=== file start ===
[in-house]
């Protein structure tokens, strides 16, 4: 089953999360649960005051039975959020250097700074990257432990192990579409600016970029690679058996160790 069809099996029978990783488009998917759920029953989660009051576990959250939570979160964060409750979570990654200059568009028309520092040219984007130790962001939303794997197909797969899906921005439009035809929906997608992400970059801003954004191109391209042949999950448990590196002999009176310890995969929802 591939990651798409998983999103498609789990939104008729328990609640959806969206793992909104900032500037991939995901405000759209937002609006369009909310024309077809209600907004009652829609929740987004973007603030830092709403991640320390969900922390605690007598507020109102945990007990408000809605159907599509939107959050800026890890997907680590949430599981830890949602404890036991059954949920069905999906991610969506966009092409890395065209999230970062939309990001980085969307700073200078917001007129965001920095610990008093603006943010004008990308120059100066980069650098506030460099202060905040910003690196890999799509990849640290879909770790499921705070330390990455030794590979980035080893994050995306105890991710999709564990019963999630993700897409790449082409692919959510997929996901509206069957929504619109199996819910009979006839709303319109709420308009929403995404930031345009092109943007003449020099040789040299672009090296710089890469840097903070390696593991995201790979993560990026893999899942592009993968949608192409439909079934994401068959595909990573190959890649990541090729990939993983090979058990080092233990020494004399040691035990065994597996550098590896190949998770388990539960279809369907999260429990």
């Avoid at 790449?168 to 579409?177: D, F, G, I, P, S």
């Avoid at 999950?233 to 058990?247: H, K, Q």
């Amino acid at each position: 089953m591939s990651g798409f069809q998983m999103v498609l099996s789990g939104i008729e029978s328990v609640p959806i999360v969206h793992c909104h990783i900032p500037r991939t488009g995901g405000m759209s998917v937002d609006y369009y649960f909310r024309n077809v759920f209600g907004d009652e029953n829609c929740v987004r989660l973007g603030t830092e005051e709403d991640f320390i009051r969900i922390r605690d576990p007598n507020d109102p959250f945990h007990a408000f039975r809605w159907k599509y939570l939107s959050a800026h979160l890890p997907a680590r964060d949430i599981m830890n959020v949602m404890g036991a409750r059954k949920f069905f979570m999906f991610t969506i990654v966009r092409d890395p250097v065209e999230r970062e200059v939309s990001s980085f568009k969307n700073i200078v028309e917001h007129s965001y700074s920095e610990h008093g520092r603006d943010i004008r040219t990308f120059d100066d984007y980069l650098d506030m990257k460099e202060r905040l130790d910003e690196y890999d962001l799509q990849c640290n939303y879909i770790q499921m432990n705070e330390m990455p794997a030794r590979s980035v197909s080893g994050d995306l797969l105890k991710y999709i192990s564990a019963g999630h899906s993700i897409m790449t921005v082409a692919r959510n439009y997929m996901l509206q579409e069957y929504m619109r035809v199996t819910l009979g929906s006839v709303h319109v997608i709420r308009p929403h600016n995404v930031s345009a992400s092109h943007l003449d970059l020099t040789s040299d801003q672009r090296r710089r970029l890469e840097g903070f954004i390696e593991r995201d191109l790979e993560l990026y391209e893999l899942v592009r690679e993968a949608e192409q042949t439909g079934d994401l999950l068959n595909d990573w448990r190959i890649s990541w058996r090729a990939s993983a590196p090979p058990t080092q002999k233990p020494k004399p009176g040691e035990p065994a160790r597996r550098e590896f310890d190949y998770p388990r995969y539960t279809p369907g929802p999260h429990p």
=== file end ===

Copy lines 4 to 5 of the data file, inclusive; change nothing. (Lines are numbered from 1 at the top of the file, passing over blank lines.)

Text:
């Avoid at 999950?233 to 058990?247: H, K, Q």
């Amino acid at each position: 089953m591939s990651g798409f069809q998983m999103v498609l099996s789990g939104i008729e029978s328990v609640p959806i999360v969206h793992c909104h990783i900032p500037r991939t488009g995901g405000m759209s998917v937002d609006y369009y649960f909310r024309n077809v759920f209600g907004d009652e029953n829609c929740v987004r989660l973007g603030t830092e005051e709403d991640f320390i009051r969900i922390r605690d576990p007598n507020d109102p959250f945990h007990a408000f039975r809605w159907k599509y939570l939107s959050a800026h979160l890890p997907a680590r964060d949430i599981m830890n959020v949602m404890g036991a409750r059954k949920f069905f979570m999906f991610t969506i990654v966009r092409d890395p250097v065209e999230r970062e200059v939309s990001s980085f568009k969307n700073i200078v028309e917001h007129s965001y700074s920095e610990h008093g520092r603006d943010i004008r040219t990308f120059d100066d984007y980069l650098d506030m990257k460099e202060r905040l130790d910003e690196y890999d962001l799509q990849c640290n939303y879909i770790q499921m432990n705070e330390m990455p794997a030794r590979s980035v197909s080893g994050d995306l797969l105890k991710y999709i192990s564990a019963g999630h899906s993700i897409m790449t921005v082409a692919r959510n439009y997929m996901l509206q579409e069957y929504m619109r035809v199996t819910l009979g929906s006839v709303h319109v997608i709420r308009p929403h600016n995404v930031s345009a992400s092109h943007l003449d970059l020099t040789s040299d801003q672009r090296r710089r970029l890469e840097g903070f954004i390696e593991r995201d191109l790979e993560l990026y391209e893999l899942v592009r690679e993968a949608e192409q042949t439909g079934d994401l999950l068959n595909d990573w448990r190959i890649s990541w058996r090729a990939s993983a590196p090979p058990t080092q002999k233990p020494k004399p009176g040691e035990p065994a160790r597996r550098e590896f310890d190949y998770p388990r995969y539960t279809p369907g929802p999260h429990p």